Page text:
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Analysis: Trump shows off the 'art of the sale' at Singapore summit

U.S. President Donald Trump answers questions about the summit with North Korea leader Kim Jong Un during a press conference at the Capella resort on Sentosa Island Tuesday, June 12, 2018 in Singapore.
AP Photo/Wong Maye-E

SINGAPORE - US President Donald Trump touts himself as the man of the "art of the deal." But at the Singapore summit, Trump didn't come to deal. He came to argue he's made a sale."

The sale leaked out through Twitter in the early afternoon hours after US President Donald Trump and North Korean leader Kim Jong-Un signed their agreement and brandished the single page in front of the cameras.

The document was, in its form, a deal. A set of vague bullet points negotiated between the parties. Experts pored over it, kept score of what was in and what was out.

That interested the experts: a commitment by North Korea to full denuclearization but no word on verification coupled with unspecified security guarantees from Washington.

As it turned out, that didn't much interest Trump.

Because the US president -- the man of the "art of the deal"-- didn't come here to make a deal. He came to make a sale.

And after the deal came Trump's press conference. It lasted well over an hour but Trump spent little time or energy focusing on any deal. Instead he tried to focus attention on how he had made his sale.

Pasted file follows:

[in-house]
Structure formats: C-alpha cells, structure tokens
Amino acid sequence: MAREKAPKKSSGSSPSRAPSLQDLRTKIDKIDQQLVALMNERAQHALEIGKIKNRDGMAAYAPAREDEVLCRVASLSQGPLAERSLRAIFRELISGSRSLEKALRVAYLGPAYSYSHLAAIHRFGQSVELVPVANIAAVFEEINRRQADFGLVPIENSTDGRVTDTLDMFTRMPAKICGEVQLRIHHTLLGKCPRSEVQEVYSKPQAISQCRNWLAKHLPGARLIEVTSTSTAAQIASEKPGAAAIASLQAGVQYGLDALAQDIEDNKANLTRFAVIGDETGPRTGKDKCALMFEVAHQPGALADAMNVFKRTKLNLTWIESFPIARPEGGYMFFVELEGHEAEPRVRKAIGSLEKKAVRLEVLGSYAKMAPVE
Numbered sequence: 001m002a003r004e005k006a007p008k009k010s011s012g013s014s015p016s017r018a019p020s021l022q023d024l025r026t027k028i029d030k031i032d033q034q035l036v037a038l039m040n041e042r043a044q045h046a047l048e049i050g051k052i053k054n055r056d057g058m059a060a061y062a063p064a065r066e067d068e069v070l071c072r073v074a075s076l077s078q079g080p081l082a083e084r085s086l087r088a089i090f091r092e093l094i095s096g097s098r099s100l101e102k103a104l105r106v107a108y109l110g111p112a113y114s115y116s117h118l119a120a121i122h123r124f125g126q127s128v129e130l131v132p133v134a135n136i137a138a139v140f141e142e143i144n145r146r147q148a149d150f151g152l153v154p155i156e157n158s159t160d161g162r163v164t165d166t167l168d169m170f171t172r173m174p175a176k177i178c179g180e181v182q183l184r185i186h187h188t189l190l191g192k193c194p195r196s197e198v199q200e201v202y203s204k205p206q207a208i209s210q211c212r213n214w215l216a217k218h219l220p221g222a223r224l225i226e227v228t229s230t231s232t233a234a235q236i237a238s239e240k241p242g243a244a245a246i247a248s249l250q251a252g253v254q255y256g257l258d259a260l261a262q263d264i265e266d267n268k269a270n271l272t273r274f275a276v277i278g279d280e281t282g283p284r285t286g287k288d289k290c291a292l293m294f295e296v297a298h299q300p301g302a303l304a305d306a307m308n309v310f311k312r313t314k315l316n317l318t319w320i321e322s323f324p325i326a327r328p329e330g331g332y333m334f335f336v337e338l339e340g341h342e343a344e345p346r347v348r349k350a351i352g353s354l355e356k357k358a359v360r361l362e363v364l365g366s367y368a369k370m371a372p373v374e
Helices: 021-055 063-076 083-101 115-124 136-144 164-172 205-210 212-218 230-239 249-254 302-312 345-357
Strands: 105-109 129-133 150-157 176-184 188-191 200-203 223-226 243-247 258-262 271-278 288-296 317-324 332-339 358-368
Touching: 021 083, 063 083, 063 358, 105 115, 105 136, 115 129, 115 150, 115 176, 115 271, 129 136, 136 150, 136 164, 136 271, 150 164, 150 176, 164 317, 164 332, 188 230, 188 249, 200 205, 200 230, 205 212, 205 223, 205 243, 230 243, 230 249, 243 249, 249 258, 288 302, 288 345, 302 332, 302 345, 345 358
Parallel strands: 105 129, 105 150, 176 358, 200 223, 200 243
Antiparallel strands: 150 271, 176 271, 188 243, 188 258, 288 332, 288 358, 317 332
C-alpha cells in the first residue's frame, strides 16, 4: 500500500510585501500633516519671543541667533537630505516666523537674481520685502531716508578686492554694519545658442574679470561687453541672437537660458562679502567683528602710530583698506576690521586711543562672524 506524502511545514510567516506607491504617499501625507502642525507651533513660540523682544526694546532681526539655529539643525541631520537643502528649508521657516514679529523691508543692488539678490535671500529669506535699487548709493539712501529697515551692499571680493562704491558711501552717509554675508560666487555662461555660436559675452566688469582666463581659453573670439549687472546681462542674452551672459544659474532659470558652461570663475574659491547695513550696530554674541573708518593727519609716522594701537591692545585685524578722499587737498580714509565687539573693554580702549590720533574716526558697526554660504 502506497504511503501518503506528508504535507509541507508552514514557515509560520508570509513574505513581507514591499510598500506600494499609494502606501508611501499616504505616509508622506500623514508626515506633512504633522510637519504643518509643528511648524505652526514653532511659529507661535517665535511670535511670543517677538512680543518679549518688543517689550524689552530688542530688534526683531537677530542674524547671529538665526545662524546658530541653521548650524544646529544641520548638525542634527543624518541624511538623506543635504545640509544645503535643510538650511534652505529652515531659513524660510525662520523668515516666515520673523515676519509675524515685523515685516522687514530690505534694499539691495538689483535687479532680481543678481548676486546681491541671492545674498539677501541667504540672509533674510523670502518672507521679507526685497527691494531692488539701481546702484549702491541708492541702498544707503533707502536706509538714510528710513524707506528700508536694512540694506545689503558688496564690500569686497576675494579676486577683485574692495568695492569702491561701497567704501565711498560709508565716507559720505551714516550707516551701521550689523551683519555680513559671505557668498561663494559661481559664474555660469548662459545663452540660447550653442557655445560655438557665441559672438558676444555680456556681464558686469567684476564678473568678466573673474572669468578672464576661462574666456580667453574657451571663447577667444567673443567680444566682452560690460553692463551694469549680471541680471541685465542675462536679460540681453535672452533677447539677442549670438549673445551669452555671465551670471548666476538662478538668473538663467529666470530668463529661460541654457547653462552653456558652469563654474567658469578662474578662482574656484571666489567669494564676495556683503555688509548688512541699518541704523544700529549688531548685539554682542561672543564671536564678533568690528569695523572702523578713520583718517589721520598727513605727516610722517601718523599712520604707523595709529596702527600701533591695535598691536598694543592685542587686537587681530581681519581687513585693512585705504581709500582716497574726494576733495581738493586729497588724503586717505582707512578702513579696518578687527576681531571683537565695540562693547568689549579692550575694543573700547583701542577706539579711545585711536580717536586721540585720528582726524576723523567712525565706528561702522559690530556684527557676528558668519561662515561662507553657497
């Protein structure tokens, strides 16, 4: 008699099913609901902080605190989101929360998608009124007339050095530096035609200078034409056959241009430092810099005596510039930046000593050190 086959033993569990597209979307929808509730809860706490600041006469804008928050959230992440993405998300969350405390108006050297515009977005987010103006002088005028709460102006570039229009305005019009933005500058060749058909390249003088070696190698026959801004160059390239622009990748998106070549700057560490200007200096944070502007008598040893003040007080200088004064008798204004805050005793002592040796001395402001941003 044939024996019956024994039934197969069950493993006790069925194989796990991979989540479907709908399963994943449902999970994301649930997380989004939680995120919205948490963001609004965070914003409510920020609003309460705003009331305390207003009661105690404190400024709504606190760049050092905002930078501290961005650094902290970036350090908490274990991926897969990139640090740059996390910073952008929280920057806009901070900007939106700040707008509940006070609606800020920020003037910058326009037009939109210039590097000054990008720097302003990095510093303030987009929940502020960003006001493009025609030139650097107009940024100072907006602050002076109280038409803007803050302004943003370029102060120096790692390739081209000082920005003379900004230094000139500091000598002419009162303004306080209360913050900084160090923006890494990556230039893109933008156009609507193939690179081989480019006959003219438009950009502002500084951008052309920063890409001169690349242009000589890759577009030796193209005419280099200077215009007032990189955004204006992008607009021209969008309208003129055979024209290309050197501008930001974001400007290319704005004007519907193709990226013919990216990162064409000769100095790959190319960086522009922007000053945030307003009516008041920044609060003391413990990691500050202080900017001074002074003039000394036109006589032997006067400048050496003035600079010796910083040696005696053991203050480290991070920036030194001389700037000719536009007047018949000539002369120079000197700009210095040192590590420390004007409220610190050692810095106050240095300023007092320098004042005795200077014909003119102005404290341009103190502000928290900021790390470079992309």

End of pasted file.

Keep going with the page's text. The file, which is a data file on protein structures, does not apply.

Trump believes that he has sold Kim Jong-Un on the movie version of himself. Literally, the former real estate and showbiz mogul showed Kim a mock-movie trailer presenting a glitzy North Korea of the future -- which he thought was too good not show the press conference too.

Trump touts himself as a true believer in the goodness of the human soul of Kim Jong-Un.

Saul LOEB (AFP)

On this, Trump sounded positively Obaman. To those of us at the round, dark Capella Hotel conference room, it came across even more emphatically, with even more charisma and charm.

Trump believes --confidently, faithfully-- that he has sold Kim Jong-Un on turning North Korea into a twin of South Korea. If that's the sale, who cares about the deal? If Kim is on the cusp of transforming his country, who cares what's in clause three or four?

Trump is playing an entirely different game on the North Korea issue. A much bigger one.

To see if he's right, we will have to look not at the details of what was hashed out by the negotiators. Look at what the North Korean regime does and doesn't do in the weeks and months to come.

Trump said he believes Kim will move quickly on big change. It is that -- and not the innards of any document thrashed out by U.S. Secretary of State Mike Pompeo -- that will tell us if Trump is right.

Owen Alterman is senior international correspondent for i24NEWS.

Comments

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God bless President Trump, the best of this century. Let the nay sayers continue to figure out and forcast doom. The deal has been done and we are in a new era and a new dispensation. Viva President Trump, viva America. We do not care whose Ox is been gored. The world is now a peaceful place with this deal. King David used only a single stone out of the 5 to destroy Mighty Goliath. This is our modern day King David. May the guardian Angels guide and protect President Trump Shalom.

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